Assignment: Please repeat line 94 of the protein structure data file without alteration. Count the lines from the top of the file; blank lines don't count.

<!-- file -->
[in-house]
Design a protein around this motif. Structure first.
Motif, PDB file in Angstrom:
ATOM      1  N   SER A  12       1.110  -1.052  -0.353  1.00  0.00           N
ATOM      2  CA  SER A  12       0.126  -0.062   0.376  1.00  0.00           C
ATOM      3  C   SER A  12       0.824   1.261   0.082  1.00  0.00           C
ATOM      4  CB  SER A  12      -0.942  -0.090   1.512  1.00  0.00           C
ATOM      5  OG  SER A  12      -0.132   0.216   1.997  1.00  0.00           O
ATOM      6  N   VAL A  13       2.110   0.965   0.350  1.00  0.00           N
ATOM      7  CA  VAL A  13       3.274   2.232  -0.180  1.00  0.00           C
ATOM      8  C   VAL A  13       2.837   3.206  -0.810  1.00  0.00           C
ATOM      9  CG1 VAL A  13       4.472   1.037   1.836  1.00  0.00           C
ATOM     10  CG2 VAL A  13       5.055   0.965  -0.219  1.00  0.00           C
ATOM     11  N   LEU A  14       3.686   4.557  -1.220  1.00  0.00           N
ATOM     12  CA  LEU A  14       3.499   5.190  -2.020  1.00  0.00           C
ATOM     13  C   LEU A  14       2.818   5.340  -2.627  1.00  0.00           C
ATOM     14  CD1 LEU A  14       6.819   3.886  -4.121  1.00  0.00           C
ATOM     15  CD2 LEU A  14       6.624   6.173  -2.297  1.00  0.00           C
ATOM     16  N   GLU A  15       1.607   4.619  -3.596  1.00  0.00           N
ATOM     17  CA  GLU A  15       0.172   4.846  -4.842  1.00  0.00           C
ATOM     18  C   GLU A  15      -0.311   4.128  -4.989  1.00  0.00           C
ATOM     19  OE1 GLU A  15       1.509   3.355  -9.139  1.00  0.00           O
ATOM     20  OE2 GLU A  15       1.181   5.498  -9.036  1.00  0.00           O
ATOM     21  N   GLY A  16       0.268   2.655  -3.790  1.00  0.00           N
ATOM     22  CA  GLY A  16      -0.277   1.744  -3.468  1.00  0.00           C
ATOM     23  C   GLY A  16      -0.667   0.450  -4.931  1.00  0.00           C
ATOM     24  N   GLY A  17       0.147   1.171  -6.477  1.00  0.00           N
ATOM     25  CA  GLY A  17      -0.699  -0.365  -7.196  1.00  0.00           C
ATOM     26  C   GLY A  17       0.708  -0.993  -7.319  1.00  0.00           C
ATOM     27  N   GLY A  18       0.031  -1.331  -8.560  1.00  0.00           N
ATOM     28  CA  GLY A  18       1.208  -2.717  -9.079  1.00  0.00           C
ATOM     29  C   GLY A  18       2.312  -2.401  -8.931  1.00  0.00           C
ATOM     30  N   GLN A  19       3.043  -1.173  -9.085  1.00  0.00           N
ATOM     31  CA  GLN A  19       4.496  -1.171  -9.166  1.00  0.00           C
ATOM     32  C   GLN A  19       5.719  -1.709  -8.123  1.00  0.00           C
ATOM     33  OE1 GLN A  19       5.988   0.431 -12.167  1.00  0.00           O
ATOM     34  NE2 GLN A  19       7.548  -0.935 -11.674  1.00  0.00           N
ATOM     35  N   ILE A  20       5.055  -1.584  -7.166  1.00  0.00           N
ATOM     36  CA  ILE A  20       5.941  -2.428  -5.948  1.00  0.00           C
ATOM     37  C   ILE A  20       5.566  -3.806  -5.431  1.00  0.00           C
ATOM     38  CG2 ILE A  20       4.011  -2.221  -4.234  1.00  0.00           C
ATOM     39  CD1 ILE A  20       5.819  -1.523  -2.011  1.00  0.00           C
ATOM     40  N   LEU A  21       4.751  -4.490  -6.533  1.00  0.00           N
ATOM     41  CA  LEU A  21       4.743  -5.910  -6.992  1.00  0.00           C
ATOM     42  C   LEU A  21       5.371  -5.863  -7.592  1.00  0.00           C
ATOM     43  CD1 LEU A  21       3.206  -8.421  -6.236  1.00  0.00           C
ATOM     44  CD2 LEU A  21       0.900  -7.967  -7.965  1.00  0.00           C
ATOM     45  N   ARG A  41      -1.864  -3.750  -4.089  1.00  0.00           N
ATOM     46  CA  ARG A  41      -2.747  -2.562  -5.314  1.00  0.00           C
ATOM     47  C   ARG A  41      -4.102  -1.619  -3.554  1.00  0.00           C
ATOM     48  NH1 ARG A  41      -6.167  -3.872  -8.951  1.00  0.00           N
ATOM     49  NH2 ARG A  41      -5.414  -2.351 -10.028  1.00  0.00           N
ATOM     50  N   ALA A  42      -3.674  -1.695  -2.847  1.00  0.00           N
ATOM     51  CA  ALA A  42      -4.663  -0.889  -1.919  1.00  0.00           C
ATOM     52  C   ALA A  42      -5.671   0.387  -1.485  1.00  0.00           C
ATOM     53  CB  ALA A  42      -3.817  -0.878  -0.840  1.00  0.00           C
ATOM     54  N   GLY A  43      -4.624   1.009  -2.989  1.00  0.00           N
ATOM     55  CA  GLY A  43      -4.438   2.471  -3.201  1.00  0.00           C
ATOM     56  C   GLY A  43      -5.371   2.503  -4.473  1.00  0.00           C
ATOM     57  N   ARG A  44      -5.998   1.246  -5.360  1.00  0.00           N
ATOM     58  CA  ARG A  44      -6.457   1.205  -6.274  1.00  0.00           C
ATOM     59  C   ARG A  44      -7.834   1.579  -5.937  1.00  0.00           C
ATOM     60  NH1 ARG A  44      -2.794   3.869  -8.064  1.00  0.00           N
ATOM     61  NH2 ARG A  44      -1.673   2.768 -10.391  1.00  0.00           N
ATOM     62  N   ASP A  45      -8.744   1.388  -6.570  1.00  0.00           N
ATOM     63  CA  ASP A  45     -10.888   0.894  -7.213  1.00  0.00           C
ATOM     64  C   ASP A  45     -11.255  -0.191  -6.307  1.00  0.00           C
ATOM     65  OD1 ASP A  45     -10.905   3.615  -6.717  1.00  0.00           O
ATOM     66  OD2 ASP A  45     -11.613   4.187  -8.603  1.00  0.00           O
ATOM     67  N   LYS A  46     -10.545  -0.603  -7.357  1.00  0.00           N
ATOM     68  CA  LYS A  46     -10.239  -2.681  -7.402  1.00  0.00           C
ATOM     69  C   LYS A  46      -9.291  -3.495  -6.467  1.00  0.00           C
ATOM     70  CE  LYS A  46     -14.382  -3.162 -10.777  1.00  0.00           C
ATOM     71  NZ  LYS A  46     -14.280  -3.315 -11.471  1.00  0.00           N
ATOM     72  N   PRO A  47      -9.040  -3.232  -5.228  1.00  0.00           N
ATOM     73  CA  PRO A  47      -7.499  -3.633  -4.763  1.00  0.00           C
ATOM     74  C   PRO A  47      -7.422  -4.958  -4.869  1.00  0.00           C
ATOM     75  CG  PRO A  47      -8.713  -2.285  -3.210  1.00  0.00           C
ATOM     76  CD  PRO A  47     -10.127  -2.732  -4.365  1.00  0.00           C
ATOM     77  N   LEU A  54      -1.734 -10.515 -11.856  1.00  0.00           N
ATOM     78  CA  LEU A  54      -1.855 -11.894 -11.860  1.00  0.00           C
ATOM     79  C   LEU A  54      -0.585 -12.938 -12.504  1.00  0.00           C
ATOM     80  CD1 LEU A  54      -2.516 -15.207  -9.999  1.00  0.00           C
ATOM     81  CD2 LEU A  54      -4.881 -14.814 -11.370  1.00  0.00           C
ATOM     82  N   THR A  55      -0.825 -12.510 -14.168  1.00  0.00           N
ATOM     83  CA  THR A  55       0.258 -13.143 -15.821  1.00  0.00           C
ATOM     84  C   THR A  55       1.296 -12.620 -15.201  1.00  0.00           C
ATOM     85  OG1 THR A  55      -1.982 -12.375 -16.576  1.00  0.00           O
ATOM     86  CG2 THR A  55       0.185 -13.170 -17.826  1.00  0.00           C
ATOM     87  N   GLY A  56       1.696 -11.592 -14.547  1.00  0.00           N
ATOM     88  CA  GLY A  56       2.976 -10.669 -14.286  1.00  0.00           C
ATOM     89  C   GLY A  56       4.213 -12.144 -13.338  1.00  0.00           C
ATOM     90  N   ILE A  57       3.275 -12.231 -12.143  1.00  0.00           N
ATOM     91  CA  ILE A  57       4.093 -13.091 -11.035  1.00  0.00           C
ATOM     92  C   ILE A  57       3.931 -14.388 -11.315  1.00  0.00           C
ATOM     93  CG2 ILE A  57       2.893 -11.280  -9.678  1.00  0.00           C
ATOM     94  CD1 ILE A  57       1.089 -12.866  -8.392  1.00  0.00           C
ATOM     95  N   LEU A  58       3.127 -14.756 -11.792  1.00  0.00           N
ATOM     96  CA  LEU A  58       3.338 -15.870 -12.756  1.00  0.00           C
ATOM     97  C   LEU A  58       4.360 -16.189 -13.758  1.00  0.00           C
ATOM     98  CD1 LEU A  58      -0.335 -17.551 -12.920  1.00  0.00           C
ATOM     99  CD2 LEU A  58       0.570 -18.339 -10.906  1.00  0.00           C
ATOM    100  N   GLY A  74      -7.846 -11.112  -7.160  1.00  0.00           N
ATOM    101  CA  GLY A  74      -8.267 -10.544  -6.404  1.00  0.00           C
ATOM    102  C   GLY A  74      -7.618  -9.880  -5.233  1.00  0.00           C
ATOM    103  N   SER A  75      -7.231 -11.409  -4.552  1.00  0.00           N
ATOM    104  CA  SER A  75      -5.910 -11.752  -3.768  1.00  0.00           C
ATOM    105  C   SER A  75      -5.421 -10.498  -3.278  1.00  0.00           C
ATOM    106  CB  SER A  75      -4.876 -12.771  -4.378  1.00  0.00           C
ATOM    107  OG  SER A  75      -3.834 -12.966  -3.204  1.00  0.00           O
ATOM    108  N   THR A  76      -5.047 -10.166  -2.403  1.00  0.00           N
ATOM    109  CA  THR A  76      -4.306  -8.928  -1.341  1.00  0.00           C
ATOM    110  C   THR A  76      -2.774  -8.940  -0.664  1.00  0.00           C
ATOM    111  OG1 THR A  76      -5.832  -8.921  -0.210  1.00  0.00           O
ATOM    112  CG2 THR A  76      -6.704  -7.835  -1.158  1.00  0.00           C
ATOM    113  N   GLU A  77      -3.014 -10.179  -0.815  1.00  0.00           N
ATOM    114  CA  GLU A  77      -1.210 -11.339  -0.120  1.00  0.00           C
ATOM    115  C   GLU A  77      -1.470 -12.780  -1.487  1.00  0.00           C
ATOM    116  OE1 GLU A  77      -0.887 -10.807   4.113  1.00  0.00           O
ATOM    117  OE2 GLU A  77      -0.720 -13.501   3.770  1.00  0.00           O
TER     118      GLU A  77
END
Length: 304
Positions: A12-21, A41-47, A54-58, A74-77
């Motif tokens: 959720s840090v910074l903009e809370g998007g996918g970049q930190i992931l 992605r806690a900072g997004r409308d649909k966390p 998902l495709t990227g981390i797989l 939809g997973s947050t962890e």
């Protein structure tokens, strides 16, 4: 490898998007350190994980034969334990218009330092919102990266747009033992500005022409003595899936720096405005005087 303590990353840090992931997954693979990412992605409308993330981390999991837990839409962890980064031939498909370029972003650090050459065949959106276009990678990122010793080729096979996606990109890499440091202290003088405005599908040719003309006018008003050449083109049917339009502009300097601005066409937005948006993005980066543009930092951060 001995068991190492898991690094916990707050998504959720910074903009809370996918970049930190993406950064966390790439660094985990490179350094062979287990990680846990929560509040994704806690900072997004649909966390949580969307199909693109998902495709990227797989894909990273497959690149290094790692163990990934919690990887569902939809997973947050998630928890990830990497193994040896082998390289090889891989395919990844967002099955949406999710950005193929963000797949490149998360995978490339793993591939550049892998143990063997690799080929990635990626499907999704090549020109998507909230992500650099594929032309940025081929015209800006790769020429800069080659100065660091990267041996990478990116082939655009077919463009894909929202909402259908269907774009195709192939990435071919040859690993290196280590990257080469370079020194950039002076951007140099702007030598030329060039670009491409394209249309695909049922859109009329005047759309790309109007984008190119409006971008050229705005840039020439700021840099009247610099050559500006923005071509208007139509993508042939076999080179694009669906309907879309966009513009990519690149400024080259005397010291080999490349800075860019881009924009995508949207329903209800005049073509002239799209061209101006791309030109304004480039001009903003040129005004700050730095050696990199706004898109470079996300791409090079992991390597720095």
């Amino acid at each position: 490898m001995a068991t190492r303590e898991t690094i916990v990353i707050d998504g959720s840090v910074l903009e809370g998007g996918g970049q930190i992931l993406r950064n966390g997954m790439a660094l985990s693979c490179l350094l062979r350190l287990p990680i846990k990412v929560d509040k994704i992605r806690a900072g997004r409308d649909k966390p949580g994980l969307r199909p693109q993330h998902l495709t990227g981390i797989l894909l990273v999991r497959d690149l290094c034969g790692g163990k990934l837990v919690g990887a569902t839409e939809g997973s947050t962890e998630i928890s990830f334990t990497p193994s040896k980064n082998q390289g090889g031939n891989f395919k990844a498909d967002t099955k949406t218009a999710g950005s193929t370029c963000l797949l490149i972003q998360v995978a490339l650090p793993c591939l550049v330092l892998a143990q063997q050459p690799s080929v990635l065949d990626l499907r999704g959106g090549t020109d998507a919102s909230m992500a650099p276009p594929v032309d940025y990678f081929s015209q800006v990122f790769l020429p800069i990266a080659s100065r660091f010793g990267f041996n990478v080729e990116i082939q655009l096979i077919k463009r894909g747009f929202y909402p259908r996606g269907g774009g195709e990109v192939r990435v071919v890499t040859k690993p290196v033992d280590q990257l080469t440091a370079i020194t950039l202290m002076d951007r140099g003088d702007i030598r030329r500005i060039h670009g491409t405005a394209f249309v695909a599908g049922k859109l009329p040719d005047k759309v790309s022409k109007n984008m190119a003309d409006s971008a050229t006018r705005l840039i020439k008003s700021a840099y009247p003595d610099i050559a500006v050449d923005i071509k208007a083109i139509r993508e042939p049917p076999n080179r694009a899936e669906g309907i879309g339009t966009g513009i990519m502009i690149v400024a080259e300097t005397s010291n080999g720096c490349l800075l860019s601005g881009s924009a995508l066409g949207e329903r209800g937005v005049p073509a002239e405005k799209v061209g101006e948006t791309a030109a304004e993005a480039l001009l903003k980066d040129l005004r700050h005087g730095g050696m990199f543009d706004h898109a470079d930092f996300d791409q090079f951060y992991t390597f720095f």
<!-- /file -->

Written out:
ATOM     91  CA  ILE A  57       4.093 -13.091 -11.035  1.00  0.00           C